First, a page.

I recently came across this article that describes the “Basic Ph Model” for how children cope with ongoing trauma and stress. This would have real applications for children who have experienced a real — and not just anticipated — loss. Many foster and adopted children would fall in this category, as well as children who has lost a parent through death or estrangement through divorce.

The article describes the six “copying styles” most frequently used by children, which include:

*  Beliefs (drawing comfort from their family’s religious and cultural values, especially through meaningful ceremonies)

*  Affects (venting feelings and emotions, often by talking with a trusted adult)

*  Social (seeking support and comfort from friends and extended social network)

*  Imagination (processing feelings through creative outlets such as drawing, play therapy, creative writing, etc.)

*  Cognitive (processing through problem solving and planning safety contingencies)

*  Physiological (physical activity as a way of providing a welcome distraction, giving the child a “break”)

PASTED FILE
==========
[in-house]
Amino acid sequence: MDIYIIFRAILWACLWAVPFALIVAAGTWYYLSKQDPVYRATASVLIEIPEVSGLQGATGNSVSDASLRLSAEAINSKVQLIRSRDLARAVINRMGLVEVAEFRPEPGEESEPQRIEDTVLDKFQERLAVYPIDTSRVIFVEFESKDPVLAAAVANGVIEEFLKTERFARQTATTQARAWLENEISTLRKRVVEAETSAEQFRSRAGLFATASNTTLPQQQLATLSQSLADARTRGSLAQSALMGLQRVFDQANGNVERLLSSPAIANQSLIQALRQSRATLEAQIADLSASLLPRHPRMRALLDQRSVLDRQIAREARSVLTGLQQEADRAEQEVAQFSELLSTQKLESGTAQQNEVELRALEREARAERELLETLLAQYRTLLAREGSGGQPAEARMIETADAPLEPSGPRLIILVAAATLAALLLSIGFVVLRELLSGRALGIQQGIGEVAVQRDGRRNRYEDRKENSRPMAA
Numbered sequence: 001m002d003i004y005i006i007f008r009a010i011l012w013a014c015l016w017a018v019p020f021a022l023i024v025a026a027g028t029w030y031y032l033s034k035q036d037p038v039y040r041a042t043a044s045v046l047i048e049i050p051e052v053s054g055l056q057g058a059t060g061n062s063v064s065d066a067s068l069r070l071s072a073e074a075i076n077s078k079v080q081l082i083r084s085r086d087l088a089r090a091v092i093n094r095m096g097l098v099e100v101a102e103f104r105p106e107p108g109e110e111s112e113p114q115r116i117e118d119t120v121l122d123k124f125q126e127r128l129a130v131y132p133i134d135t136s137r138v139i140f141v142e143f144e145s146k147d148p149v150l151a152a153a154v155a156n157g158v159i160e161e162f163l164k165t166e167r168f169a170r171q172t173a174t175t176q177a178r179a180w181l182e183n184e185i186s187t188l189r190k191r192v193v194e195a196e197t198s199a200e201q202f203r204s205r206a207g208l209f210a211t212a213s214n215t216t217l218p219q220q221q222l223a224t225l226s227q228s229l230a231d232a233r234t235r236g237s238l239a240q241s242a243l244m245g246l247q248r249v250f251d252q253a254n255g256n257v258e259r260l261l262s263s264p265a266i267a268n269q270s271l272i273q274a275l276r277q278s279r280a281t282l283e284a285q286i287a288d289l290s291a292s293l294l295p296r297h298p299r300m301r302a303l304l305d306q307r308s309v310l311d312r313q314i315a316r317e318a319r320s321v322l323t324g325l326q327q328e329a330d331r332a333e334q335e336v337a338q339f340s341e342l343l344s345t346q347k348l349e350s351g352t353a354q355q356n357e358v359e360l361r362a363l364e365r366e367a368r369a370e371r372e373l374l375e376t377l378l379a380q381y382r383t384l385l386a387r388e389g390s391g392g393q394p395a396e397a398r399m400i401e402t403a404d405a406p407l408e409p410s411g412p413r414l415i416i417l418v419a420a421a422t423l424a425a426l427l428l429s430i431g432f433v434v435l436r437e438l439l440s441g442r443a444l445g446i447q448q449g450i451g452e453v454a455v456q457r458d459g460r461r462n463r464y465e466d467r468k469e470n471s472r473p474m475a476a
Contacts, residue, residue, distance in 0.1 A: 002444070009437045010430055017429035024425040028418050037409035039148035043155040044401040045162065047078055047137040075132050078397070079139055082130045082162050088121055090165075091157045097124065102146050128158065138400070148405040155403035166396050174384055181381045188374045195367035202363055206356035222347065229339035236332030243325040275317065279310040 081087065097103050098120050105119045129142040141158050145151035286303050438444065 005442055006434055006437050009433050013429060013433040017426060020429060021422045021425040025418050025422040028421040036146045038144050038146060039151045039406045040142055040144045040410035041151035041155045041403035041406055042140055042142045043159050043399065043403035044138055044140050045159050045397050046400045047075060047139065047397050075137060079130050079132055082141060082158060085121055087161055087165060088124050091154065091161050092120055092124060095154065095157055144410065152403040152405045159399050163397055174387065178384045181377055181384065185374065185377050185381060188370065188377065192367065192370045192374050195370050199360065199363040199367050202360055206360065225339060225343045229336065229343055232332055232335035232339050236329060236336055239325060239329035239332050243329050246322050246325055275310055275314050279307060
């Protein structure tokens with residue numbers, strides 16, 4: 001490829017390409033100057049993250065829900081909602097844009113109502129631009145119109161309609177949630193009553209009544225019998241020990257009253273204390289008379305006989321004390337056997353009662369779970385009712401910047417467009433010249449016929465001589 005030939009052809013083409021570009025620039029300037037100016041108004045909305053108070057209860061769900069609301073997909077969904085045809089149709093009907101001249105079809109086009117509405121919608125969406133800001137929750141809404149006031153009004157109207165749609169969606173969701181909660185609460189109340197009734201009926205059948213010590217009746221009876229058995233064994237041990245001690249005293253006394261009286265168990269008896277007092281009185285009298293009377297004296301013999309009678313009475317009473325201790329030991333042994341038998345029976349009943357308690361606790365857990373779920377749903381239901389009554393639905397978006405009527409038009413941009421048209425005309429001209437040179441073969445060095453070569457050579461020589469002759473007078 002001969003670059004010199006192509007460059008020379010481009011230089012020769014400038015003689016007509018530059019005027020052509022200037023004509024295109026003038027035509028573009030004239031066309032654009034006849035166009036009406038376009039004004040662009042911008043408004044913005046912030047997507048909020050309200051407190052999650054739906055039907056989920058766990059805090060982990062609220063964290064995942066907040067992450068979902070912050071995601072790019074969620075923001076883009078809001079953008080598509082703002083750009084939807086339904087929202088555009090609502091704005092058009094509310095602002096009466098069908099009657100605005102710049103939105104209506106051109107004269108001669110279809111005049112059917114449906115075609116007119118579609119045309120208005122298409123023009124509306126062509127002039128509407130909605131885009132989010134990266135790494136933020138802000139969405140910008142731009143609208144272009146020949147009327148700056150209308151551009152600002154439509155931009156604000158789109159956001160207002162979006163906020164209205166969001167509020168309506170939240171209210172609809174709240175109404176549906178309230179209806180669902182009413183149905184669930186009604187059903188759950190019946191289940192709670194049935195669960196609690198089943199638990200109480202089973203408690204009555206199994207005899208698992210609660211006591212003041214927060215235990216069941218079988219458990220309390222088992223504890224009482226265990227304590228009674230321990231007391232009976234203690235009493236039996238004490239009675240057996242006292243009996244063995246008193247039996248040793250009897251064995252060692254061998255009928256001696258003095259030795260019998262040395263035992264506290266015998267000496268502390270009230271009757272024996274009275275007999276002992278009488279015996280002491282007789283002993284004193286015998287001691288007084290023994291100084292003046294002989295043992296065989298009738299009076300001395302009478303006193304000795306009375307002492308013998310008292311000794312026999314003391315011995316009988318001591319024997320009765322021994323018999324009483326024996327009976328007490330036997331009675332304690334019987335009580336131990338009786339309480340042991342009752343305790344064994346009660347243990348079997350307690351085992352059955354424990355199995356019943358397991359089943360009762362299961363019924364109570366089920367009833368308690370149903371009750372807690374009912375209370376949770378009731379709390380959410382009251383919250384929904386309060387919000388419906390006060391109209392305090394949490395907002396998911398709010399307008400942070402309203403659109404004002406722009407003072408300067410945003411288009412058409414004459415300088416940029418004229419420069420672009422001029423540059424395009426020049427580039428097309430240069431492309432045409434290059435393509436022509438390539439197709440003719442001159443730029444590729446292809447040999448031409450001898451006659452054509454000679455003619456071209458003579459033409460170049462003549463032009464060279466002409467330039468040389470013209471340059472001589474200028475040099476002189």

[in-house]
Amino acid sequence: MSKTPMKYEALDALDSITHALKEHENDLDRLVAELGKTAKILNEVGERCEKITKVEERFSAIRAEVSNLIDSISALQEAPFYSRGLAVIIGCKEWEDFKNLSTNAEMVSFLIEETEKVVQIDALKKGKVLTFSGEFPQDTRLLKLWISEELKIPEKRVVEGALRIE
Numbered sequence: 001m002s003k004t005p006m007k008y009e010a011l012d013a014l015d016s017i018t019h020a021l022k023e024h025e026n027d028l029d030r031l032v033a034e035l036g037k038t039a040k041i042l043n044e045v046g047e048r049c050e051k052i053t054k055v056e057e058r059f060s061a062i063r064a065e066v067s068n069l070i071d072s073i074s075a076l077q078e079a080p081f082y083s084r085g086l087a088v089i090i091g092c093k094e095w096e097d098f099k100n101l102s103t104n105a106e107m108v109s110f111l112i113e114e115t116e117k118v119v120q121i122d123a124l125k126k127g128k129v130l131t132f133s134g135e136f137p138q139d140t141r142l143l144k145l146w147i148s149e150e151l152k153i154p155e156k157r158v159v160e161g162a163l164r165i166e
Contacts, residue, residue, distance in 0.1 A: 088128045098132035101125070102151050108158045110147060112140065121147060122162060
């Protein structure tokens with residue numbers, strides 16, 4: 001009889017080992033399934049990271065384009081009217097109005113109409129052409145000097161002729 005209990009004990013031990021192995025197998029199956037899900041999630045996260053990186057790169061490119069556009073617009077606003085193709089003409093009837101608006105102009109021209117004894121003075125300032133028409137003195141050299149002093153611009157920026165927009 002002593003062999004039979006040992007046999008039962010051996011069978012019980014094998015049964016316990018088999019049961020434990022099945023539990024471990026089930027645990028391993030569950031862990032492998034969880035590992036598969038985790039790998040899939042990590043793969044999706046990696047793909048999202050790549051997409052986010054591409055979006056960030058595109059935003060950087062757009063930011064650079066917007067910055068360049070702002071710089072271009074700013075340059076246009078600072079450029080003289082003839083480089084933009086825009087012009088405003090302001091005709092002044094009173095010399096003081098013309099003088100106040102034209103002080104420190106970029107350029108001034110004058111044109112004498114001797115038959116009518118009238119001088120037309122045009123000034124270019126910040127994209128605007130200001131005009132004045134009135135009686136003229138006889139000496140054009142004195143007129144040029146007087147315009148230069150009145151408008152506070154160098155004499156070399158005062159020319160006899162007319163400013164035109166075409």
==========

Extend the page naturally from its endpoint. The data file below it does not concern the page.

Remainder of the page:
Author Frank Zenere observes about this last strategy: “Directed physical activity has a dual benefit, allowing necessary buffer time and permitting informal processing of traumatic experiences to occur in a non-threatening format. Opportunities for formal and informal physical activities should be abundant.”

One of the hardest things any parent can do is help a child navigate the uncertain currents of loss and trauma. However, knowing what to look for — and how to adjust our approach to accommodate the needs of a particular child — can make all the difference.

6 Things to Know Before Becoming a Foster Parent

carriecraftCarrie Craft at About has a lot of helpful, practical advice about all aspects of adoption and foster parenting. If you aren’t already familiar with her site, I suggest you check it out!

Today I came across this article, “Six Things to Know Before Becoming a Foster Parent”. Lots of good, basic information about the logistics of foster parenting. If you’re contemplating foster parenting and aren’t sure where to begin, this article may help!

Playground Politics: Conflict Evasion for Kids

Foster kids often have deep-rooted feelings of “I’m on my own, gotta take care of myself” that do not resolve themselves easily. Some kids manifest these feelings with aggression and bullying; others withdraw and become extremely passive, fearful to stand up for themselves. My children are on the two ends of this spectrum — even five years later.